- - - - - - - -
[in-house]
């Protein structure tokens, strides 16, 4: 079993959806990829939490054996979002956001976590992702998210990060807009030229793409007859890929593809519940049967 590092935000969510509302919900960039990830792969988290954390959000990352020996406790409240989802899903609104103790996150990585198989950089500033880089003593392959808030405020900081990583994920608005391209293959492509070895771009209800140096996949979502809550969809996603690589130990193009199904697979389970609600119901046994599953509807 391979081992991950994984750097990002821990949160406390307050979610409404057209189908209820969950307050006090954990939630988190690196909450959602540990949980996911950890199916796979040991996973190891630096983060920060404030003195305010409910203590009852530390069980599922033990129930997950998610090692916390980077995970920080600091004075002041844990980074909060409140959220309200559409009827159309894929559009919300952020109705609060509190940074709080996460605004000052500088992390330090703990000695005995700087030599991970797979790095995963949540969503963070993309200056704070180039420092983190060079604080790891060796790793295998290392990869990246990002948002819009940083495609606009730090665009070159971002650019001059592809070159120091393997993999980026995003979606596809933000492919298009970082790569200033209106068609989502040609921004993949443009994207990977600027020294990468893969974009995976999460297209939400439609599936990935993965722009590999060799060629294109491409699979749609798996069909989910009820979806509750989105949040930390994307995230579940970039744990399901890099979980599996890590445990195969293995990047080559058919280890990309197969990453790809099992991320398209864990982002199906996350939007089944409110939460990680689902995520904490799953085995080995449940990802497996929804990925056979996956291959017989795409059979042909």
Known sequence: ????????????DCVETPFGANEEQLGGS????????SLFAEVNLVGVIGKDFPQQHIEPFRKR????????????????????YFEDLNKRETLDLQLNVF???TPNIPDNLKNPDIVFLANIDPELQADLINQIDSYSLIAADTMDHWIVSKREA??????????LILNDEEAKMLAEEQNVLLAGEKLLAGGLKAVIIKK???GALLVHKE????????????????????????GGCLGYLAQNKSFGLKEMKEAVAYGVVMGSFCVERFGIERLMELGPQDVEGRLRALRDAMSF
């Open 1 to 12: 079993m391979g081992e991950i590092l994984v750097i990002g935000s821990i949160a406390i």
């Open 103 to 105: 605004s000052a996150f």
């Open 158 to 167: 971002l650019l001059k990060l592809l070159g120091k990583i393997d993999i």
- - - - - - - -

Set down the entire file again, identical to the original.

[in-house]
């Protein structure tokens, strides 16, 4: 079993959806990829939490054996979002956001976590992702998210990060807009030229793409007859890929593809519940049967 590092935000969510509302919900960039990830792969988290954390959000990352020996406790409240989802899903609104103790996150990585198989950089500033880089003593392959808030405020900081990583994920608005391209293959492509070895771009209800140096996949979502809550969809996603690589130990193009199904697979389970609600119901046994599953509807 391979081992991950994984750097990002821990949160406390307050979610409404057209189908209820969950307050006090954990939630988190690196909450959602540990949980996911950890199916796979040991996973190891630096983060920060404030003195305010409910203590009852530390069980599922033990129930997950998610090692916390980077995970920080600091004075002041844990980074909060409140959220309200559409009827159309894929559009919300952020109705609060509190940074709080996460605004000052500088992390330090703990000695005995700087030599991970797979790095995963949540969503963070993309200056704070180039420092983190060079604080790891060796790793295998290392990869990246990002948002819009940083495609606009730090665009070159971002650019001059592809070159120091393997993999980026995003979606596809933000492919298009970082790569200033209106068609989502040609921004993949443009994207990977600027020294990468893969974009995976999460297209939400439609599936990935993965722009590999060799060629294109491409699979749609798996069909989910009820979806509750989105949040930390994307995230579940970039744990399901890099979980599996890590445990195969293995990047080559058919280890990309197969990453790809099992991320398209864990982002199906996350939007089944409110939460990680689902995520904490799953085995080995449940990802497996929804990925056979996956291959017989795409059979042909």
Known sequence: ????????????DCVETPFGANEEQLGGS????????SLFAEVNLVGVIGKDFPQQHIEPFRKR????????????????????YFEDLNKRETLDLQLNVF???TPNIPDNLKNPDIVFLANIDPELQADLINQIDSYSLIAADTMDHWIVSKREA??????????LILNDEEAKMLAEEQNVLLAGEKLLAGGLKAVIIKK???GALLVHKE????????????????????????GGCLGYLAQNKSFGLKEMKEAVAYGVVMGSFCVERFGIERLMELGPQDVEGRLRALRDAMSF
């Open 1 to 12: 079993m391979g081992e991950i590092l994984v750097i990002g935000s821990i949160a406390i």
């Open 103 to 105: 605004s000052a996150f």
């Open 158 to 167: 971002l650019l001059k990060l592809l070159g120091k990583i393997d993999i």